Spirulina is a blue-green algae or cyanobacteria which is found in high-salt alkaline water, subtropical and tropical places such as America, Mexico, Asia, and Central Africa. It’s asexual reproduction reduces the danger of gene escape into the food chain, as well as the accompanying food security and regulatory concerns. It contains a lot of macro and micronutrients, important amino acids, proteins, lipids, vitamins, minerals, and antioxidants. With these characteristics, photosynthetic cyanobacteria have been used in a variety of industries, including food, health, and pharmaceuticals. It is consumed mainly in central Africa and later NASA started using spirulina as a nutritional supplement for astronauts on space missions. It gained attention for therapeutic benefits like hypercholesterolemia, hyperglycerolemia, cardiovascular diseases, inflammatory diseases, allergies, cancer and viral infections.

Spirulina, as a plant-based biopharmaceutical, has the potential to overcome the constraints and limits of existing crop-and algal-based platforms.

Modern biotechnology focuses on genetic engineering to domesticate cells as biological factories, which often comprises E.coli, yeasts, plant cells, and mammalian cells.The availability of methods for genetic manipulation of the organism is to achieve stable, high expression of exogenous proteins, as well as whether the organism possesses biological traits compatible with large-scale manufacturing and commercialization, are factors in deciding whether to switch to new expression platforms or not. Genetically engineered plants, on the other hand, have performance characteristics that were not deemed to be promising, such as poor growth rates, low product yields, and regulatory limitations.This prompted scientists to focus on something new: algae, which are an alternative to plants but are difficult to manipulate since exogenous protein production levels are low and often unstable. There hasn't been much research into the therapeutic usage of algae.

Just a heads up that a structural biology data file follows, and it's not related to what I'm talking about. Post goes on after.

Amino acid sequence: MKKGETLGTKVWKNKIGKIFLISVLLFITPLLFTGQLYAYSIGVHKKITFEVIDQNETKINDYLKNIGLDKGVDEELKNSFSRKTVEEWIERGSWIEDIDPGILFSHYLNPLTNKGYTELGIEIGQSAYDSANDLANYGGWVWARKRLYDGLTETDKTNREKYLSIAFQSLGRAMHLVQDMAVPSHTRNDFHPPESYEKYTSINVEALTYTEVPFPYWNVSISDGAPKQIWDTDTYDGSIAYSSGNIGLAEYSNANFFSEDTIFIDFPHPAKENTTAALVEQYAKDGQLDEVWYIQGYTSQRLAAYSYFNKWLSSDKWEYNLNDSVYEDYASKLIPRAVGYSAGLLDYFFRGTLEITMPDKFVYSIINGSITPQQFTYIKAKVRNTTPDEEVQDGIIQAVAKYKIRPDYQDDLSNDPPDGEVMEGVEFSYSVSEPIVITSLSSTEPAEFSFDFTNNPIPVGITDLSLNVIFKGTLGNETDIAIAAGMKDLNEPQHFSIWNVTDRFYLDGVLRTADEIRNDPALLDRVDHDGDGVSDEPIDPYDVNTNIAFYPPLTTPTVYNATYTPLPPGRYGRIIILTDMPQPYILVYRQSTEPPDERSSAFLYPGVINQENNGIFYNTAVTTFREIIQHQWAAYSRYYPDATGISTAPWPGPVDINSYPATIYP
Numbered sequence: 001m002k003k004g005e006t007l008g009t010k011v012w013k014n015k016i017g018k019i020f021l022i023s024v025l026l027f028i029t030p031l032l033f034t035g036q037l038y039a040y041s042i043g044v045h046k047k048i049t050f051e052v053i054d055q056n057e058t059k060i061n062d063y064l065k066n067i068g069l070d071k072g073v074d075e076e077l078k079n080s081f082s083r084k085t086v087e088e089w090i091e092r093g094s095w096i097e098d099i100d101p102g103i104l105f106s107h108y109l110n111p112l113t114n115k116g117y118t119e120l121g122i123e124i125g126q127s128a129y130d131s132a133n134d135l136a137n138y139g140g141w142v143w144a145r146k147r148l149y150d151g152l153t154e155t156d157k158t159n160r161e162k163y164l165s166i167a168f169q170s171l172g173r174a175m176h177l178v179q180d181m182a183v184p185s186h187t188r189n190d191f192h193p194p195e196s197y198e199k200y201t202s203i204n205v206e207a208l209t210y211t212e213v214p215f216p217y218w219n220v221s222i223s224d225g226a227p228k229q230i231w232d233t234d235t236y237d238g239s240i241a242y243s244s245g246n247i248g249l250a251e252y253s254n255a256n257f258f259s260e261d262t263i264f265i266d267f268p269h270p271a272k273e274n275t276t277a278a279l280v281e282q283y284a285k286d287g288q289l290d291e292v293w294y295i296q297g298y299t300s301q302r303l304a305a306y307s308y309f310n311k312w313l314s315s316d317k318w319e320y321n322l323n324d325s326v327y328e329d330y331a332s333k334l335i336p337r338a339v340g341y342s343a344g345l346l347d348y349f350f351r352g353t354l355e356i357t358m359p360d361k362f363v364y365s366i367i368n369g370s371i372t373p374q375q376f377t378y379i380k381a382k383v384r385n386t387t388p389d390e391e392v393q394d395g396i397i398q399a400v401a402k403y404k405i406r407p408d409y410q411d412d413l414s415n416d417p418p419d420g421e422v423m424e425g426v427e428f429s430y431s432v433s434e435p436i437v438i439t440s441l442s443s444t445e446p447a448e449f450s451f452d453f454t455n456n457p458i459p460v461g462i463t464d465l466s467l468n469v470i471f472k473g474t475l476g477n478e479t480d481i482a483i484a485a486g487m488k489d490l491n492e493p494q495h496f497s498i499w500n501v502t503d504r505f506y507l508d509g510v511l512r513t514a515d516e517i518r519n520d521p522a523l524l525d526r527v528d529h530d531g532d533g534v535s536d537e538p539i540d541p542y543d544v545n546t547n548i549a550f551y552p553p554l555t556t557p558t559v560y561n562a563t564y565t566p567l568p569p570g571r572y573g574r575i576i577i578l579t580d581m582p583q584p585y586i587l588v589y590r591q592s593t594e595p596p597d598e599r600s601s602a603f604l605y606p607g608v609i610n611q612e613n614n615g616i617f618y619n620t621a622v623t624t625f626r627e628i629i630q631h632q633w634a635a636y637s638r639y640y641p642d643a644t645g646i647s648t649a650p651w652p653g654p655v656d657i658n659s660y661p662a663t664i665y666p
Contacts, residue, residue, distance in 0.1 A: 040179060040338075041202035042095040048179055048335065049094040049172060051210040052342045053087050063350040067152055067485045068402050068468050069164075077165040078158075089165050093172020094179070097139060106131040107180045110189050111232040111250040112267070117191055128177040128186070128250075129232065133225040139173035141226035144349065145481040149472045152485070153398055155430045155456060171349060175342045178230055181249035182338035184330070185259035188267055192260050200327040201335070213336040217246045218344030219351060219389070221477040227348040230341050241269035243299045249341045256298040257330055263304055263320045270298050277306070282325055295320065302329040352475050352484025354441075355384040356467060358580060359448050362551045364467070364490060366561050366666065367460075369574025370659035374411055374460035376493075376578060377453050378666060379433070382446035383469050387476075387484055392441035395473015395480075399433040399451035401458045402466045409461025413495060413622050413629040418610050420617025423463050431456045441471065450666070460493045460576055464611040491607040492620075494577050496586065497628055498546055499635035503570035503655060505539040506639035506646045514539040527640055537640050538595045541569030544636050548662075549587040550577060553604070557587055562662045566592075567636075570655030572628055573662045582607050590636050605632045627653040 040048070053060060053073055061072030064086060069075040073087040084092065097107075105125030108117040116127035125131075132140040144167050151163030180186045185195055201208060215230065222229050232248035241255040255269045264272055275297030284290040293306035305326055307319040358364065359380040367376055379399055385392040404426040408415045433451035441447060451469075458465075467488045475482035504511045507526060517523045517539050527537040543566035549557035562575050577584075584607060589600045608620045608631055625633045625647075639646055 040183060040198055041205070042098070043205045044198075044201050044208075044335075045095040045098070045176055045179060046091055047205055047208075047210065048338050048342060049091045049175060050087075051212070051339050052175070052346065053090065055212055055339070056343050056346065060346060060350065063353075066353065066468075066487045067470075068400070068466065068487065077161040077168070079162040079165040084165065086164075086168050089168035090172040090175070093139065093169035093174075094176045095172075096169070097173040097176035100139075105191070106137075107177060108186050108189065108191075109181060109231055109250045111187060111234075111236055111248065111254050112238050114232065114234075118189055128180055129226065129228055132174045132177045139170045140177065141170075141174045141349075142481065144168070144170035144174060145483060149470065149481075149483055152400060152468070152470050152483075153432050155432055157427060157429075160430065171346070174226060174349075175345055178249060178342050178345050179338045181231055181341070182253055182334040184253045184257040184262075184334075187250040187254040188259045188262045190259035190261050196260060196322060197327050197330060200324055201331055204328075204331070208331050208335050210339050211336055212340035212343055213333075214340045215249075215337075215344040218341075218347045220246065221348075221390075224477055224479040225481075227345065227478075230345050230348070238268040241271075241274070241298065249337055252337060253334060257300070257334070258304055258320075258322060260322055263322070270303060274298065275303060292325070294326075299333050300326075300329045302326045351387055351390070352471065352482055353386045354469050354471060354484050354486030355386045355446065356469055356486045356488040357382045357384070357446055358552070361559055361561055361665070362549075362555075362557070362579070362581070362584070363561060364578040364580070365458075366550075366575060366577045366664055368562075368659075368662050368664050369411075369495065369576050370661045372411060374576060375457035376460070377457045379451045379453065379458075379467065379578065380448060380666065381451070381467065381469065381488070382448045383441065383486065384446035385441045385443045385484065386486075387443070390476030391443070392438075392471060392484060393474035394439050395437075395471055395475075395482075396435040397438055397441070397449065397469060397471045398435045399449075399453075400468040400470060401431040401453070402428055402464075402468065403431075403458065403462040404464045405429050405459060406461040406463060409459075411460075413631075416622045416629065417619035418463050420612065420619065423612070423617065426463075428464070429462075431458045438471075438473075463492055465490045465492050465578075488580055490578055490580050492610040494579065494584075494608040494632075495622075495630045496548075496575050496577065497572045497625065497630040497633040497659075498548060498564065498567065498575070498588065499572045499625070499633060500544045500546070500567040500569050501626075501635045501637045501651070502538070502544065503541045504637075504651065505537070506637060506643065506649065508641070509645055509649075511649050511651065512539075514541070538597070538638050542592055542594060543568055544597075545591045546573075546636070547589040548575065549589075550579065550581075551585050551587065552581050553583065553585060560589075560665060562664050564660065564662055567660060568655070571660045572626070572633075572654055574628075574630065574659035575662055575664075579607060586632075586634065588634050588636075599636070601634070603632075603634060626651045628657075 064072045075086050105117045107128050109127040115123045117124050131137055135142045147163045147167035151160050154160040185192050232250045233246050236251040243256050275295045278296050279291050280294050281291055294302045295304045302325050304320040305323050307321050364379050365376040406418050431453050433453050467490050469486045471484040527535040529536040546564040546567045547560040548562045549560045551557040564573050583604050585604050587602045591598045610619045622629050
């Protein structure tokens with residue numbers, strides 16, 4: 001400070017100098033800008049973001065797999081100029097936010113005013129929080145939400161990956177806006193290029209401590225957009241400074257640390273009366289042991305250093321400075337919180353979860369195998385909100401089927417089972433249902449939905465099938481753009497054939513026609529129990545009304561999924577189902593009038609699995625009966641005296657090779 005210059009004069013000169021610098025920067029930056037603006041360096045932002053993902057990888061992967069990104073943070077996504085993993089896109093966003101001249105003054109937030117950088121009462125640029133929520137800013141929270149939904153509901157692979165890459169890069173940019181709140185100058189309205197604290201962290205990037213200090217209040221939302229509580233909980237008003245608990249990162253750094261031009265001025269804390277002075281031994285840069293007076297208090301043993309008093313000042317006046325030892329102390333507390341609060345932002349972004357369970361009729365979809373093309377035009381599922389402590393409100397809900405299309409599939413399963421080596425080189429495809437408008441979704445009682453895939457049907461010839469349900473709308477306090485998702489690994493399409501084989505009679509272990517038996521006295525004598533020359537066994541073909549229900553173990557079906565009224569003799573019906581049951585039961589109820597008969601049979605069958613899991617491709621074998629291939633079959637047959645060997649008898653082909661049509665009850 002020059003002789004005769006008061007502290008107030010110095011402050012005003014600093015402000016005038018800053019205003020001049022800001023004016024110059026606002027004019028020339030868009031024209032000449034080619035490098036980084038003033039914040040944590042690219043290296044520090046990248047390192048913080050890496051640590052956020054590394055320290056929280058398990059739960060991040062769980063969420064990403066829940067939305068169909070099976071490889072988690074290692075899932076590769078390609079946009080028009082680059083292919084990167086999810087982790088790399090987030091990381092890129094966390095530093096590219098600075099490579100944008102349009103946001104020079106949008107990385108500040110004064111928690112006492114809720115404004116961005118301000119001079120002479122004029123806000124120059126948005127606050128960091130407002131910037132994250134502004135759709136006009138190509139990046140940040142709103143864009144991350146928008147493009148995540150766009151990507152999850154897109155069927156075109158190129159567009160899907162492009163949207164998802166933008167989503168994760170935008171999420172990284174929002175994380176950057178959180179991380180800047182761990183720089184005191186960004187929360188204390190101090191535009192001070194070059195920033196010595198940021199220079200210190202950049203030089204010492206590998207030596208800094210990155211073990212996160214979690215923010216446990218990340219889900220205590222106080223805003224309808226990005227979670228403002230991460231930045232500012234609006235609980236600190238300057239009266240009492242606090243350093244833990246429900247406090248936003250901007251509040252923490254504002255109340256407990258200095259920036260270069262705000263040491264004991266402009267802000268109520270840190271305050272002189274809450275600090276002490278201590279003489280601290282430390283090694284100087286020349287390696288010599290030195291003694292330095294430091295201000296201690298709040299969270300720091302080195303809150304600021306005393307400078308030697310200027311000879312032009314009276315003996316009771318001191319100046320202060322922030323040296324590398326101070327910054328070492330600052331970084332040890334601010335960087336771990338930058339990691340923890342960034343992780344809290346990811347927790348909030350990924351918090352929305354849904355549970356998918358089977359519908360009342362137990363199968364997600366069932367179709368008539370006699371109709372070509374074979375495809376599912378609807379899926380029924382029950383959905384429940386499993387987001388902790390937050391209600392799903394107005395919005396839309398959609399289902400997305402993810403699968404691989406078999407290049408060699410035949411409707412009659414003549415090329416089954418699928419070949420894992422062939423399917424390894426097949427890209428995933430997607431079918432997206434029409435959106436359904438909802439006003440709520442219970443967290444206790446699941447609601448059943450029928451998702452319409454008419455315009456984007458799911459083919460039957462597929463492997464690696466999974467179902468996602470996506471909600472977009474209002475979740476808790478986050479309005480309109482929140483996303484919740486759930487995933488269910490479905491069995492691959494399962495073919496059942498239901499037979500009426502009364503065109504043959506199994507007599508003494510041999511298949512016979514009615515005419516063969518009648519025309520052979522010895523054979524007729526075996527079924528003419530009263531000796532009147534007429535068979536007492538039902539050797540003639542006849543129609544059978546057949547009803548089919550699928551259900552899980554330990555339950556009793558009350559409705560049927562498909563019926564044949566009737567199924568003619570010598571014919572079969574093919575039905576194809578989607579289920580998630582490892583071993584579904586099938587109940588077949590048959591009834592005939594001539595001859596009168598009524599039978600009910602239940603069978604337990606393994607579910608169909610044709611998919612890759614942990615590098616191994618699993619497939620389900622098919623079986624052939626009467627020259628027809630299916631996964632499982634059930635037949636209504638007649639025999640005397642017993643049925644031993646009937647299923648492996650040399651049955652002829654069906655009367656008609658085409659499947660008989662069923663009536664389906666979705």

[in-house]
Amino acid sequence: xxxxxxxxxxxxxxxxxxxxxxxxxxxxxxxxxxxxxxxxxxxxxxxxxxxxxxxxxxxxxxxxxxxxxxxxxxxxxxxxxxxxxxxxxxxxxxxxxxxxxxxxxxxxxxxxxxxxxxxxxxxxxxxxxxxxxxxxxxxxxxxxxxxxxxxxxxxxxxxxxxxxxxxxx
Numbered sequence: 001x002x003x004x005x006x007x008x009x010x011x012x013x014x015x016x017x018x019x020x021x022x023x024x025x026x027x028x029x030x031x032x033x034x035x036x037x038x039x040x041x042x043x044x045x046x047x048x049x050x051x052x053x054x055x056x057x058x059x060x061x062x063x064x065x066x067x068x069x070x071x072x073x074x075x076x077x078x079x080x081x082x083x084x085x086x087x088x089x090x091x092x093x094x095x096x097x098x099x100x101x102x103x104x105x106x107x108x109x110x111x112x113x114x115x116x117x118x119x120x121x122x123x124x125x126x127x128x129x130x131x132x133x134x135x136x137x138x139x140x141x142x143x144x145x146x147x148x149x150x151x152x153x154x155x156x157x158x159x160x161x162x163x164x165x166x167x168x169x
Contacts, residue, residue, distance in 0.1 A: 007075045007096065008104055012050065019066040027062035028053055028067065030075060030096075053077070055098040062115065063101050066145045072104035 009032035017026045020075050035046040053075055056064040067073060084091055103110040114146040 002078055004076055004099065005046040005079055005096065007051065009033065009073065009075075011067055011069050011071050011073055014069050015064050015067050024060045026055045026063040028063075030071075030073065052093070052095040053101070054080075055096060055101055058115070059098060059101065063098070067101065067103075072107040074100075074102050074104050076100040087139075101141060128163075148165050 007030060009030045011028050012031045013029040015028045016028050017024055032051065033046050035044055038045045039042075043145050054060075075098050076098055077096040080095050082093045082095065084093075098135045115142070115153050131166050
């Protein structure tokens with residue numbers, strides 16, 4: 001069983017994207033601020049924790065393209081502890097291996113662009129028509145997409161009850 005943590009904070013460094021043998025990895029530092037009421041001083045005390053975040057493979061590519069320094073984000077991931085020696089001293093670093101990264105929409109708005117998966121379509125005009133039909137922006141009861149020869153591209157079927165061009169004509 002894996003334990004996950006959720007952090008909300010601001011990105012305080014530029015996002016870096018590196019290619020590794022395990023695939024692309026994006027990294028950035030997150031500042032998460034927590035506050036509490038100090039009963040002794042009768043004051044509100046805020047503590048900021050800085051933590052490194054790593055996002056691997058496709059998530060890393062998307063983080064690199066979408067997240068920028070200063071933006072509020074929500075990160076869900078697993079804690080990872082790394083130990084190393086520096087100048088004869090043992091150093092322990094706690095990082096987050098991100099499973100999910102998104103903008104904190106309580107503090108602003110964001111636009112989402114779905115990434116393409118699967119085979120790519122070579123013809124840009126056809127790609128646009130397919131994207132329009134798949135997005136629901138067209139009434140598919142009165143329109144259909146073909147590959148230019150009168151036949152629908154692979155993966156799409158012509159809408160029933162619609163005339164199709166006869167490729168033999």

Spirulina has recently been genetically altered to produce high levels of therapeutic proteins such as single-chain antibodies, enzymes, signalling proteins, vaccine antigens, and bioactive peptides, as well as large-scale, indoor culture and downstream processing technologies. When encapsulated within dried spirulina, this targeted integration requires no purification prior to oral distribution, is stable without refrigeration, and is protected during stomach transit. Oral administration of a spirulina-expressed antibody that targets campylobacter, a gramme negative bacteria that causes diarrhoea in humans and is a leading cause of infant death in impoverished countries. This approach prevents disease in mice, and a phase 1 clinical trial showed that it is safe to use in humans.

The use of Cyanobacteria is useful to mankind, and it will soon be employed to heal ailments that cause mortality.